Multi-state modelling, a flexible framework which describes complex clinical processes over time, is often overlooked by the more favourable survival and longitudinal models. In this blog, I hope to provide an accessible introduction to multi-state modelling, drawing on my recent dissertation for my MSc at Lancaster, whilst also introducing my current research.
What is a multi-state model?
The concepts of multi-state models may be more familiar to researchers than they realise.
In a multi-state model, an individual/patient falls under one of several 'states', and may transition between those states over the course of their lifetime.
So in a 3-state illness-death model, a healthy patient is in state 1, they transition to stage 2 if they become diseased and stage 3 reflects death. Traditional survival analysis can be considered a 2-state (alive or deceased) model.
Health researchers are often interested though, in the effect of covariates (e.g. treatment regime) on the risk of an event at each instant of time. For a general multi-site model, the event is the transition from one state to another, and it is possible for separate baseline risk and covariate effects to be associated with each transition.
Why use multi-site models in primary care?
Multi-state models are commonly applied to clinical conditions where there is an increasing state of disease severity which precedes eventual death. Only using this approach though, it unnecessarily limiting - there are a wide range of potential applications of multi-site models in a primary care setting (e.g. mental health conditions and patient habits such as smoking and alcohol consumption).
The biggest advantage of using a multi-site approach is the insight you can gain about every aspect of a process. For example, we can separately measure the factors affecting a smoker's decision to quit and those affecting a relapse into smoking.
For my dissertation, the illness-death model is used to describe the progress of intact dental veneers (state 1), which may at first become discoloured (state 2) before eventually fracturing (state 3). My methodology focuses on the methodology rather than this particular application, but the example illustrates the diversity of potential uses for a multi-state approach.
What are the key steps in model building?
1) Representing clinical processes
The first step for a researcher is deciding how to represent a clinical process in terms of a discrete state and the permitted transitions between them - which isn't always straightforward.
For example, when following the habits of a smoker, do two states ('current smoker' and 'current abstinence') adequately capture their behaviour? Or, do we want at least three - 'habitual smoker', 'withdrawal phase' and 'long-term abstinence' (see paper).
2) Matching covariates with state transitions
Consider which covariates act on each state transition and whether their effect should be constrained to be equal amongst transitions (due to a biological rationale, or to simplify model calculation).
3) Model Fitting
A natural starting point for model fitting is using freely available packages in R software: 'mstate' and 'msm'. Mstate' can be used if state transitions are observed at an exact date, such as when a patient dies. 'Msm' can handle panel data, such as when a patient is known only to have changed state at a time since their previous clinical observation.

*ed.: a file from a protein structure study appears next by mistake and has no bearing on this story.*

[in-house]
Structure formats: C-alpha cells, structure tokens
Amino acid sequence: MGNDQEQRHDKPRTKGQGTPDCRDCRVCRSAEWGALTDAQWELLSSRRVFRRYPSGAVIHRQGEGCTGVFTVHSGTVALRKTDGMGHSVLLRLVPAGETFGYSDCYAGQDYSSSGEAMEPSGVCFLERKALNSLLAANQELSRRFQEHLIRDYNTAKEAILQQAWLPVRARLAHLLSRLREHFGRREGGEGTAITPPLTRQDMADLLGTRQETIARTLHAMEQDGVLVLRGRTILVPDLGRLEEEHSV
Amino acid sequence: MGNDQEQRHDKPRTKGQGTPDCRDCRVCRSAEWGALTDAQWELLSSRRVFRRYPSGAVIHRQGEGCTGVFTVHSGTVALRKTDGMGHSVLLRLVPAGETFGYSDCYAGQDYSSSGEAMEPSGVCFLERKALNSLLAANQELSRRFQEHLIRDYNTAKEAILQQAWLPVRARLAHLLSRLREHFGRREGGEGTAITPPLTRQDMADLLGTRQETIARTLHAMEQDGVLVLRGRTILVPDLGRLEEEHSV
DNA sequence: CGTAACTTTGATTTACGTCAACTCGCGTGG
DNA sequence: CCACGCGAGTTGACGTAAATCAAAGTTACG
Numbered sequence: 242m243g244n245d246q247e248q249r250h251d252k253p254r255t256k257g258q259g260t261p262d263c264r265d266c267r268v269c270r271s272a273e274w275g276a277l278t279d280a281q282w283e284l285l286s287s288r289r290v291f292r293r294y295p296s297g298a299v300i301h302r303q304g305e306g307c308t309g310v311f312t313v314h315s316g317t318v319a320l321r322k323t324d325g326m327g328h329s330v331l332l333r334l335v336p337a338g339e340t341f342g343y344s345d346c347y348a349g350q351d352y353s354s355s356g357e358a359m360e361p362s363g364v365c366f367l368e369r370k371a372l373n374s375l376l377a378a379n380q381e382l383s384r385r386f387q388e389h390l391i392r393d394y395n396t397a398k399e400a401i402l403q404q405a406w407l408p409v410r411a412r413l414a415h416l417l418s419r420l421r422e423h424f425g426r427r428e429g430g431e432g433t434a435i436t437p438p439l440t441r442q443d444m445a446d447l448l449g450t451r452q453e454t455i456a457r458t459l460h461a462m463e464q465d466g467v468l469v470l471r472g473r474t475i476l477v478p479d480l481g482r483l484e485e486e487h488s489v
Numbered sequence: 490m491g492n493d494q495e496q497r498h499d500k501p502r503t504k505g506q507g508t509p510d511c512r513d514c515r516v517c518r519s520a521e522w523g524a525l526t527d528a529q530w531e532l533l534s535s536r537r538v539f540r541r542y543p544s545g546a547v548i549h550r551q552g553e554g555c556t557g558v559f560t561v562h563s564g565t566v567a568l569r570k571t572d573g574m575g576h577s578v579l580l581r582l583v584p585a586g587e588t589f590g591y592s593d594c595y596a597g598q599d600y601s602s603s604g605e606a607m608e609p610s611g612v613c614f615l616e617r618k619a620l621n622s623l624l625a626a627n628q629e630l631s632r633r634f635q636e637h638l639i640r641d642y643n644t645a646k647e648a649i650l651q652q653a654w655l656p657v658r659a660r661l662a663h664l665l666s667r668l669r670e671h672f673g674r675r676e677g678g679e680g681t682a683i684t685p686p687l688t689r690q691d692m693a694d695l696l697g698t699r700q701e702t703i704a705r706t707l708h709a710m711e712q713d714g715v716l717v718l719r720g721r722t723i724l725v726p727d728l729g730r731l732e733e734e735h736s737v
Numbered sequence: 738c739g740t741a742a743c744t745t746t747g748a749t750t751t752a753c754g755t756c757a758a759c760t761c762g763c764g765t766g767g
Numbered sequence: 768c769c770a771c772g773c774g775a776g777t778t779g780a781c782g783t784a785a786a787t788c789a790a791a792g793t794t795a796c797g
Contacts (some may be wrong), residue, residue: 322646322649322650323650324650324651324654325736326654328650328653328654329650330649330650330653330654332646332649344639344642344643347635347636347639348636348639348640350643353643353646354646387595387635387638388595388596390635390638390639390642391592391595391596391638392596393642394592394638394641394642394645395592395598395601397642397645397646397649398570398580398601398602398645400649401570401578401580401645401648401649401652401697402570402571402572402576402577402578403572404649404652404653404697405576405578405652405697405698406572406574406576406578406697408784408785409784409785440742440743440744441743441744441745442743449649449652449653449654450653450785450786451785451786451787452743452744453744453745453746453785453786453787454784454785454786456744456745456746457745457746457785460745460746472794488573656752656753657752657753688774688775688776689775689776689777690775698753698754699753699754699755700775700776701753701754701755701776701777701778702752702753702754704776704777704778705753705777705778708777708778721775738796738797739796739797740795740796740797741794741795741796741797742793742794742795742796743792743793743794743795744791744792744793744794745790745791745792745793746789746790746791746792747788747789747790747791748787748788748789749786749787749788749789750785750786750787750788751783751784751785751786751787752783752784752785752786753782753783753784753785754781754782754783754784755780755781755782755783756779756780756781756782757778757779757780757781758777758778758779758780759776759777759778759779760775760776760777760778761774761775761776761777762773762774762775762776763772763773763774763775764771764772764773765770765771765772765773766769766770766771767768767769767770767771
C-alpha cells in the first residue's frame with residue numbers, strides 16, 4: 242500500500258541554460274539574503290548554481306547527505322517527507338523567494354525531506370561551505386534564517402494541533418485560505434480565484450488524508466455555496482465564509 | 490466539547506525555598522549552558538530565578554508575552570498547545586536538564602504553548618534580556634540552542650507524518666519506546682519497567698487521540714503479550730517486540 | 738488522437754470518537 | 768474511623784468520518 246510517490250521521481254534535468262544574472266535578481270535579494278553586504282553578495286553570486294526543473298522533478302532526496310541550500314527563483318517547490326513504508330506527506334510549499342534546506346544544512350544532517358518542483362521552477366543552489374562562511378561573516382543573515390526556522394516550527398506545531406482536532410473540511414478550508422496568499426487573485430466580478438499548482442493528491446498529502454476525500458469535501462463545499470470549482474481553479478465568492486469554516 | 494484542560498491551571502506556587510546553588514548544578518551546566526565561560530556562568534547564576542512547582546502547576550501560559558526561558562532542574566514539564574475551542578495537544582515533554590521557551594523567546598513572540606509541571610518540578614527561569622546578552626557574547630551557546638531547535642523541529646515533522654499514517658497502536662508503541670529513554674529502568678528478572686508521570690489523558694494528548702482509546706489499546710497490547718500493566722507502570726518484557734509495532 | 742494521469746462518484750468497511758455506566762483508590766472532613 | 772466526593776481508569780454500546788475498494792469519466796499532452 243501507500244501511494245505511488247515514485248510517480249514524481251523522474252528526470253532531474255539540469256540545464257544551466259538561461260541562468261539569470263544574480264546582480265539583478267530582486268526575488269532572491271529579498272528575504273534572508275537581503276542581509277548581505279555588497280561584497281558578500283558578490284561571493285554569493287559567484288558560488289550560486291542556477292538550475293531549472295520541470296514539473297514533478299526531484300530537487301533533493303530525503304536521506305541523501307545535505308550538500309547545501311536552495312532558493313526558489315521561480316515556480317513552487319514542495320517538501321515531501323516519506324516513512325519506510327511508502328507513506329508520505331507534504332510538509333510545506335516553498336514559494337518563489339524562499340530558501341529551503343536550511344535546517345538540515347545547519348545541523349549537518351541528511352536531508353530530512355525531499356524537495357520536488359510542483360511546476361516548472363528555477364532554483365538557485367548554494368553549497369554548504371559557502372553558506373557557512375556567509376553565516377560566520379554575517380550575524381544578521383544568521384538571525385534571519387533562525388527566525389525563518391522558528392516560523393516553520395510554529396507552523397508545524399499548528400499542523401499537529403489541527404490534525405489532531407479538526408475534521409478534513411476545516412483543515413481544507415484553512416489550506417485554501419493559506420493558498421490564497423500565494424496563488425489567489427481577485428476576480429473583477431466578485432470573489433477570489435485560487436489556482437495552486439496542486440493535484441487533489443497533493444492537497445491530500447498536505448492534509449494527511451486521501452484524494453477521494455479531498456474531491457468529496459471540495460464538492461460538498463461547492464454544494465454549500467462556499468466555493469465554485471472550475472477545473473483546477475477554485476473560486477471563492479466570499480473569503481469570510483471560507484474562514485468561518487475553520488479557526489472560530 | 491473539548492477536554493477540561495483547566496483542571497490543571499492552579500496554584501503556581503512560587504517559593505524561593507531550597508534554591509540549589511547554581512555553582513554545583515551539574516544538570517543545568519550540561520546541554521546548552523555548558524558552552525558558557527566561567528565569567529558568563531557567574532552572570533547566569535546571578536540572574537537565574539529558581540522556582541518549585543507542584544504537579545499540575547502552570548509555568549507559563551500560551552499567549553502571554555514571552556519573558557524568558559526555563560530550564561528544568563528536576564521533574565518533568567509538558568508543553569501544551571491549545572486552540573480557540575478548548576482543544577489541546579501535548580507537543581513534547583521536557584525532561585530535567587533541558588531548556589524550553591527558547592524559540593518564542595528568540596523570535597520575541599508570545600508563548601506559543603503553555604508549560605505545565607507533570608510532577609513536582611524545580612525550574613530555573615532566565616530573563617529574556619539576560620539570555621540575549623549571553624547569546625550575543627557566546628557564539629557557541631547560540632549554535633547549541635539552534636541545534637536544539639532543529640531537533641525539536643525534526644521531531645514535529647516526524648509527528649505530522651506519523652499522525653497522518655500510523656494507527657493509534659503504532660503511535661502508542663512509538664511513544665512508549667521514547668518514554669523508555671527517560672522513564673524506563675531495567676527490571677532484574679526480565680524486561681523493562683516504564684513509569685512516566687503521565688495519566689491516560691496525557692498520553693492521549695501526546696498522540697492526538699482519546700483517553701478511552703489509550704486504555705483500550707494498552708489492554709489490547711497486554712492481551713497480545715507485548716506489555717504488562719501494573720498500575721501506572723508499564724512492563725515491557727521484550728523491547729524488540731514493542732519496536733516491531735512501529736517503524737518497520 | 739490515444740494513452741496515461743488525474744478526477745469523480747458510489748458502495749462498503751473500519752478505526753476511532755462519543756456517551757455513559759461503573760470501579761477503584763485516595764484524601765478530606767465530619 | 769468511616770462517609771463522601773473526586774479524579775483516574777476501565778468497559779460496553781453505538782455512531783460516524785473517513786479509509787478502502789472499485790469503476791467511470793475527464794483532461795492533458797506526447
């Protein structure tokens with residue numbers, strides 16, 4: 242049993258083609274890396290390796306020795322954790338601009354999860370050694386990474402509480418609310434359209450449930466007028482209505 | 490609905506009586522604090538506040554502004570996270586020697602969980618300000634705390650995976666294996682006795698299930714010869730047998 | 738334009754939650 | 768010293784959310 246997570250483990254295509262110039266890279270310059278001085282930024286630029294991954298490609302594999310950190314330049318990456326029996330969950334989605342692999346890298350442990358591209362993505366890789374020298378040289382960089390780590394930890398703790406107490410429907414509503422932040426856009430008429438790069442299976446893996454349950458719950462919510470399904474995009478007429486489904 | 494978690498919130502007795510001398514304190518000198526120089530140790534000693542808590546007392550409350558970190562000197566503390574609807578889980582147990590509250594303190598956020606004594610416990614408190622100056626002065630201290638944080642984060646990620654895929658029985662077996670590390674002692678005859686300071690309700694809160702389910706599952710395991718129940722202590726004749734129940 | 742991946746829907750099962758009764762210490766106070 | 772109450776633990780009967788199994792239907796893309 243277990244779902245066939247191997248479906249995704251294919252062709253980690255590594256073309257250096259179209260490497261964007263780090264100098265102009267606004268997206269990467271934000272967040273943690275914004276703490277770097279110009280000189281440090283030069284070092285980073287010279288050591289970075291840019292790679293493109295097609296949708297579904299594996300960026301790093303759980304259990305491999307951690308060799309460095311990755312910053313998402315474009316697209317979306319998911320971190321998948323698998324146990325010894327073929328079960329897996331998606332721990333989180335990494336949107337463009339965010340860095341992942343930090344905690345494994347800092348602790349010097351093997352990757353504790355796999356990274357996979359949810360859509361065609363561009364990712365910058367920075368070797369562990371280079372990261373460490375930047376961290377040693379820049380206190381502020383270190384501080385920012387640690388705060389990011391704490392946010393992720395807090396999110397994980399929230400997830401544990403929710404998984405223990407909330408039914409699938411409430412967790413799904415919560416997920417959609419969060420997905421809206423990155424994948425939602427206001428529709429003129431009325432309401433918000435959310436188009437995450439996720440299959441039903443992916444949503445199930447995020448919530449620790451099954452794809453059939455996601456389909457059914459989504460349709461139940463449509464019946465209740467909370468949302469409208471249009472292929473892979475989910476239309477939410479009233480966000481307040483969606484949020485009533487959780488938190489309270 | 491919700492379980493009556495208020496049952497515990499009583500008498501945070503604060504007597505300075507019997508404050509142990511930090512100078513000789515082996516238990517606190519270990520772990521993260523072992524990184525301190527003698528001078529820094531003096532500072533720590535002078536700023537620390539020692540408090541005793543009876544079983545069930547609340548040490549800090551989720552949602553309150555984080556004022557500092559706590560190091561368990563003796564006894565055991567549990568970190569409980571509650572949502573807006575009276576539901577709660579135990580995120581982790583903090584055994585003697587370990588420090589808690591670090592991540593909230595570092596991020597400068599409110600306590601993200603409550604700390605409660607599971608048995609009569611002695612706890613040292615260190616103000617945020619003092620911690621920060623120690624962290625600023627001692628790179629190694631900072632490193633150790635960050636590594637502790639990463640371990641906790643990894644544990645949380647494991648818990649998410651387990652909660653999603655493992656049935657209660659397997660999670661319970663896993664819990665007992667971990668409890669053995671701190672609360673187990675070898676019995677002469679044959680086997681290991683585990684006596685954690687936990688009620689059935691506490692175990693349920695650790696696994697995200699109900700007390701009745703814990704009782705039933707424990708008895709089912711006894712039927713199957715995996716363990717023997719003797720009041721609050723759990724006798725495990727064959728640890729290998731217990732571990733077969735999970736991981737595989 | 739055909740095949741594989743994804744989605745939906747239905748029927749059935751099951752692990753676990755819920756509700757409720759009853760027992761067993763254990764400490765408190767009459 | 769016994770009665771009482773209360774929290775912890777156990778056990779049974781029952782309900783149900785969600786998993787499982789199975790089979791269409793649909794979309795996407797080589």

Beyond the functionality of the above packages, lies potential complications which were the focus of my dissertation. I analysed panel data with a clear dependence structure (multiple veneers in the same patient) and showing evidence of time-inhomogeneity (the instantaneous risk of a state transition changes over time).
Unfortunately though, some of these more complicated models remain inaccessible to many researchers, largely due to a lack of software availability.
Fresh from a MSc in Statistics at Lancaster University, I now face the trials and tribulations of a PhD at the Research Institute for Primary Care and Health Sciences at Keele. My research investigates the treatment and symptom patterns of patients with polymyalgia rheumatica (PMR) and what factors predict these.
Patients go from being treated with steroids to a state of remission, which may be followed by future relapses, again bringing to mind a multi-state framework. It is still too early to say whether such methods will provide me with an informative perspective, and research trajectories don't always run so smoothly.
Regardless, multi-state modelling, together with longitudinal methods learned at Lancaster will always be a welcome tool to have in my future career as a primary care researcher, and I hope this blog has you already considering further applications for this interesting and useful area of methodology.
Chris has recently started his SPCR funded PhD at Keele University, entitled 'early symptoms and treatment duration in polymyalgia rheumatica: a joint modelling approach'. In the previous academic year, Chris completed an MSc in Statistics at Lancaster University, for which he won two departmental prizes: the Tessella Industry Prize for 'Best Computational MSc Statistics Dissertation' and also a Postgraduate Statistics Centre Prize for 'Learning Excellence.'
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